To fully understand the concept and the discussion it is preferred to know the standard procedure used when dealing with tumors in the large intestine.
The large intestine (colon) frames the abdominal cavity. It starts in the lower right corner and then progresses straight up towards the liver (right colon). It then crosses the abdominal cavity to the spleen (transverse) and then down along the left side (left colon). Thereafter the colon makes an S-shaped bend (sigmoid). When the colon passes downward into the pelvis it is renamed the rectum. The rectum ends up in the anal canal when it passes through the pelvic floor.
When tumors located in the colon are resected the intestinal ends may be joined together in different ways. The most common way is hand-sewn connections (anastomosis) but staplers of various sizes and types can also be used. If staplers are chosen it will take at least two (infrequently four) staplers (i.e. magazines of staplers) to achieve an anastomosis. Intestinal ends of the rectum can only be joined together with staplers since there is too little space to perform a hand-sewn anastomosis in this area. It usually takes three steps to perform an anastomosis. First you cut and staple the intestine above the tumor than you cut and staple the intestine below the tumor and after that you rejoin the intestinal ends with a circular stapler. After that the surgeon often creates a relieving stoma to reduce the risk for leakage in the rectal anastomosis.
CREX (Colorectal anastomosis; Rejoin the intestine and validate the anastomosis; Extract samples for analysis; X-ray through connected catheters) is a method to anastomose the large intestine or rectum after resection of a segment due to tumor, injury, or other disease. The CREX FixAid comprises of surgically invasive devices, RapAn, intended for short-term use and a transient surgical instrument FixAid. RapAn and FixAid are assembled when delivered and as such the device is named CREX FixAid. CREX FixAid can be ordered in three different sizes.
RapAn – Two ring-shaped, surgically invasive devices intended for short-term use are placed in the intestine on the proximal and distal ends of the resection line. Two elastic O-rings lock the intestinal ends to the RapAn male and female sections. Male and female part of RapAn is connected together with a simple click function. The rings then form a single unit, named assembled or intact RapAn. This makes up the complete anastomosis and it can be monitored both during and after surgery, through a catheter system connected to RapAn male. Corresponding rings for Lapaid is named LapAn and for RectoAid the corresponding rings is named RectoAn.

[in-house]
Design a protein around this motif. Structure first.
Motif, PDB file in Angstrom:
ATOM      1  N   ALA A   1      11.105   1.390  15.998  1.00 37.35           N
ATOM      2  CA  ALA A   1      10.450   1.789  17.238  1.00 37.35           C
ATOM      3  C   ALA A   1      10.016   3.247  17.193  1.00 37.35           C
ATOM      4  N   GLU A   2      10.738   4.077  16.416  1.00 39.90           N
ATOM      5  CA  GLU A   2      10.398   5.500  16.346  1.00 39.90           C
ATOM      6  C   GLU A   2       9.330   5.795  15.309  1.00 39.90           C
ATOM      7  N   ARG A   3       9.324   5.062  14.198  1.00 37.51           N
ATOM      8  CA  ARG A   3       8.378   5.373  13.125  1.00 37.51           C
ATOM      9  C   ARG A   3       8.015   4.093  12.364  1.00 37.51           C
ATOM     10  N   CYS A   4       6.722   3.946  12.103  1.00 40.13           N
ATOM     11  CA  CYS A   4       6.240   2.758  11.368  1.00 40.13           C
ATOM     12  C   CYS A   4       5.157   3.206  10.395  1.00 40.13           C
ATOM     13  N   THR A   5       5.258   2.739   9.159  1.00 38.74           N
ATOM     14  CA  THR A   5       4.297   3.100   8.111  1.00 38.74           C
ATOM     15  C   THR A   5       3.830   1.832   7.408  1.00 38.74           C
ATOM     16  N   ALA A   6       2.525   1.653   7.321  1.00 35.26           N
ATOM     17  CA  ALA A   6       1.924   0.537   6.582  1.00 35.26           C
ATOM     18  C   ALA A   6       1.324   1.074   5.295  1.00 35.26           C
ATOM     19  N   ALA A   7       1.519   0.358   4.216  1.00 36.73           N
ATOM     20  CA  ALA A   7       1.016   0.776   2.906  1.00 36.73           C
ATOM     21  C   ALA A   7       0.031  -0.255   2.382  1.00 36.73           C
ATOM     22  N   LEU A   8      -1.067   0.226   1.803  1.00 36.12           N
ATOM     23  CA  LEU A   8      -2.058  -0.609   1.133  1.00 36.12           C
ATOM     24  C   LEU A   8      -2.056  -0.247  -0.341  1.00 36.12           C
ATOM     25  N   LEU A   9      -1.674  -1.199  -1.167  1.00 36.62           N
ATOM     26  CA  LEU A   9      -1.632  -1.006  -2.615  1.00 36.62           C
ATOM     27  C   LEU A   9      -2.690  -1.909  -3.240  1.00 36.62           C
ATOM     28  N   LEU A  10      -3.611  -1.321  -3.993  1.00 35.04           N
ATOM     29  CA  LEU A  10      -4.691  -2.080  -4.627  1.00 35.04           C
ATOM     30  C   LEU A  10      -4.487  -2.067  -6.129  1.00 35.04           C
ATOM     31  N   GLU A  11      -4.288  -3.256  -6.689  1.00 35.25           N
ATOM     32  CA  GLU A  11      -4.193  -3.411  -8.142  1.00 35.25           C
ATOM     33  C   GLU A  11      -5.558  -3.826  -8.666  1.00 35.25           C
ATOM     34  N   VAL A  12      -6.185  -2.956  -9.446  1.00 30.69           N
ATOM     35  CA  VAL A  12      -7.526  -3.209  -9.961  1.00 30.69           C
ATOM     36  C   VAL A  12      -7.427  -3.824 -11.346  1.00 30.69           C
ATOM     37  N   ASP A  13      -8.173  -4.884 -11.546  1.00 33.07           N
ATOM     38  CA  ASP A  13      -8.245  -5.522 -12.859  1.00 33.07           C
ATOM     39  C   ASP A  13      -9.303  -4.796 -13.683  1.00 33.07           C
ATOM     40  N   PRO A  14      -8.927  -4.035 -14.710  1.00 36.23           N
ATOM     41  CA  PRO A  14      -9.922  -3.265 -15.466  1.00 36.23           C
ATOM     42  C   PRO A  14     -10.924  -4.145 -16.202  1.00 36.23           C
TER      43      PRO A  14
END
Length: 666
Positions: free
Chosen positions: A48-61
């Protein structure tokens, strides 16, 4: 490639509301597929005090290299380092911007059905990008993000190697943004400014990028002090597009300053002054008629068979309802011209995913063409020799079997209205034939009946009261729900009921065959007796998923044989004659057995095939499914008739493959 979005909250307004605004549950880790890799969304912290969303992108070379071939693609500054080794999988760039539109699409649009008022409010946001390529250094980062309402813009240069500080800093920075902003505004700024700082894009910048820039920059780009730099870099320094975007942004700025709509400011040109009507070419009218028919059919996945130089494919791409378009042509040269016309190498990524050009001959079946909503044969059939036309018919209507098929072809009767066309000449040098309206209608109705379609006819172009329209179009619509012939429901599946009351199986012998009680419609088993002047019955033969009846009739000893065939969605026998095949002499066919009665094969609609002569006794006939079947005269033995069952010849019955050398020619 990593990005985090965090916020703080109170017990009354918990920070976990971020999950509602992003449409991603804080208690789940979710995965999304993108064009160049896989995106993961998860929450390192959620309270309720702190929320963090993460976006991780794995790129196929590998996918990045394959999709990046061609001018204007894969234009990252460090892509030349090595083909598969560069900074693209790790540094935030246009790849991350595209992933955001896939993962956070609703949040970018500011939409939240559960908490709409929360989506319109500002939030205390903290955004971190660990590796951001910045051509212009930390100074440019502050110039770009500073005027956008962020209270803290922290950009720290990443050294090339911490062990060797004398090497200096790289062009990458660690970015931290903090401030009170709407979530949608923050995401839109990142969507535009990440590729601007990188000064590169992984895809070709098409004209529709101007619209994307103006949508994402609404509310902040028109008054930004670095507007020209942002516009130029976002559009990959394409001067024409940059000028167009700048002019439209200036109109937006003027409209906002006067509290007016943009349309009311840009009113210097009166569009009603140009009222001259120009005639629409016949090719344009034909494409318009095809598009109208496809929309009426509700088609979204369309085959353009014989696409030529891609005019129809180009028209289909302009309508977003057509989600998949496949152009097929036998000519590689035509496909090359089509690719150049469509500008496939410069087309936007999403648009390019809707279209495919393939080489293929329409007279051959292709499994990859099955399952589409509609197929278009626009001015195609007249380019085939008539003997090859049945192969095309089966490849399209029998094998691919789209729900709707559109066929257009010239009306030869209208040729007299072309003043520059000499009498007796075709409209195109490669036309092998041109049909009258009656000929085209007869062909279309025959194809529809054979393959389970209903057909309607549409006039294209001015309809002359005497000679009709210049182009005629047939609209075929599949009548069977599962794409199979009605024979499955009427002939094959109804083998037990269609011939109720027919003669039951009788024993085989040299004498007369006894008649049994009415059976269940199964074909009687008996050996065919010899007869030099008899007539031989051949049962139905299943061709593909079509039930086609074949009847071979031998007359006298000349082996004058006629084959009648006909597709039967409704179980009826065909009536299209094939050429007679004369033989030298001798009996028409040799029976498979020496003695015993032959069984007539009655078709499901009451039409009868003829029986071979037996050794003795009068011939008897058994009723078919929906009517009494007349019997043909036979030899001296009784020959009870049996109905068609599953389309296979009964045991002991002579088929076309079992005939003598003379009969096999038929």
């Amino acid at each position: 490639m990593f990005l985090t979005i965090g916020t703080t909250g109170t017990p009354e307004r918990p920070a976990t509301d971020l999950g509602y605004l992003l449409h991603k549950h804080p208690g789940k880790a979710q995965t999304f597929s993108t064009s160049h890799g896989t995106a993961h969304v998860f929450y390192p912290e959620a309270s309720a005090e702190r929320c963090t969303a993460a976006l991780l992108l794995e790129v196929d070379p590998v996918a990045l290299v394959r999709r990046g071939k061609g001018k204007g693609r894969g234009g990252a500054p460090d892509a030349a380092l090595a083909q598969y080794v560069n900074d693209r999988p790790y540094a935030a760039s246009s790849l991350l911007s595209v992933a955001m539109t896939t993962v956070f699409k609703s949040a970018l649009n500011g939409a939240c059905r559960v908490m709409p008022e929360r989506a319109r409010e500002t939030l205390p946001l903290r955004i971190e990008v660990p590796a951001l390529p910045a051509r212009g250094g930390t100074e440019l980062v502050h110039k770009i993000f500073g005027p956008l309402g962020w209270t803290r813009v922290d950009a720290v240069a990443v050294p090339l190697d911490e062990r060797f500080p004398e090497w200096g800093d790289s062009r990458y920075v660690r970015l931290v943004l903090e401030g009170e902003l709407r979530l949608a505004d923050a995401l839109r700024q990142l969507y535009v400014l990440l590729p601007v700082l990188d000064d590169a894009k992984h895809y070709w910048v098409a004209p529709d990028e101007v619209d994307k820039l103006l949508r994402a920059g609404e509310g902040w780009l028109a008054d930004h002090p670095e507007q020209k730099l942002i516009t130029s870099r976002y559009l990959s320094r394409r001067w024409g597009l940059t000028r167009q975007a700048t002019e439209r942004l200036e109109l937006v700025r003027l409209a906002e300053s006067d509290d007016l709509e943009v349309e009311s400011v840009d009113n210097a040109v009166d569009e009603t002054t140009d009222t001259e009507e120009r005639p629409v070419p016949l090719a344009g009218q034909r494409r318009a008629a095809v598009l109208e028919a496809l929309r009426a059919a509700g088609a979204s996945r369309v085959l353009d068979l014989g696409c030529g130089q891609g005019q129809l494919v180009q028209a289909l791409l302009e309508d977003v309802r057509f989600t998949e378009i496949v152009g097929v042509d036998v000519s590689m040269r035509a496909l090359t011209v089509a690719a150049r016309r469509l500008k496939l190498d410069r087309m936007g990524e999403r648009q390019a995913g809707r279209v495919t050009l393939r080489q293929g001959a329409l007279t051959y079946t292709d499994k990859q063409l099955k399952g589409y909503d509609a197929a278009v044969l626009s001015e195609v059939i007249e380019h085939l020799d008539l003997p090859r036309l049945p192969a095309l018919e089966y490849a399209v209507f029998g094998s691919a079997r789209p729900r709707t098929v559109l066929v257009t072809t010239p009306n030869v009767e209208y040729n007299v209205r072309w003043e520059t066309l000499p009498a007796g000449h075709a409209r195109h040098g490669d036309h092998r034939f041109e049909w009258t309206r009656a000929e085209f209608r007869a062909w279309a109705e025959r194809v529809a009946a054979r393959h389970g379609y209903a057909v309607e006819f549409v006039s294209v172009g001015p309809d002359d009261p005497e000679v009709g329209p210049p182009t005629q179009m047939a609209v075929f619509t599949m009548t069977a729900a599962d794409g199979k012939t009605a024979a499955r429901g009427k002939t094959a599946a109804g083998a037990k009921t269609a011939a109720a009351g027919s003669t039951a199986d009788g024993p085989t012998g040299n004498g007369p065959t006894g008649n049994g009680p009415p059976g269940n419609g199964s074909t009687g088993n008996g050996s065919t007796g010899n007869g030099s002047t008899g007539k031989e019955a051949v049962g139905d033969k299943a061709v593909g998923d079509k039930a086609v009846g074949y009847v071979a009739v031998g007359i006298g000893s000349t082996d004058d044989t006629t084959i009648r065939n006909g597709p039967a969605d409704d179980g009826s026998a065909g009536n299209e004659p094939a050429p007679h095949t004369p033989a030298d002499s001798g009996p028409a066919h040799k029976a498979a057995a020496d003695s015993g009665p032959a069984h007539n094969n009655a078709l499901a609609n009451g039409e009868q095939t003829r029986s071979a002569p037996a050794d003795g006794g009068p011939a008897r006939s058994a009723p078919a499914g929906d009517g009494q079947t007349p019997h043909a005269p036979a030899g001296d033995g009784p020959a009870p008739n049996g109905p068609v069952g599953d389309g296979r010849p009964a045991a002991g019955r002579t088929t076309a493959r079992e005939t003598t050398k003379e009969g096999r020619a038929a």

FixAid – This device is used to place the RapAn (the rings that belongs to FixAid) into the intestine. It is preferably used on the left colon (descending colon and sigmoid colon) and the upper rectum (15 cm above the anal rim). CREX FixAid is indicated for single colonic (large intestinal) anastomoses but not for small intestinal, gastric and esophageal anastomoses. The device may be used in any disease process for which large intestinal resection and anastomosis is indicated, e.g., carcinoma, colostomy closure, injuries etc. Use of the RapAn in the distal portion of the rectum (<15cm above anal rim) is not within the intended use.
LapAid – This device is used to place the LapAn (the rings that belongs to LapAid) into the intestine. It is preferably used on the upper rectum (15 cm above the anal rim) when it´s tough to put the ring in place with CREX FixAid. CREX LapAid is indicated for single colonic (large intestinal) anastomoses but not for small intestinal, gastric and esophageal anastomoses. The device should only be used, at the moment, for clinical studies.
RectoAid – This device is used to anastomose rectum to colon after resection of tumours located in lower rectum. RectoAn (the rings that belongs to RectoAid) is put in place by a transanal approach. The device is preferably used on the lower rectum (5 – 15 cm above the anal rim). CREX RectoAid is indicated from low rectal anastomoses up to the very distal part of Sigmoid (upper rectum). The device should only be used, at the moment, for clinical studies.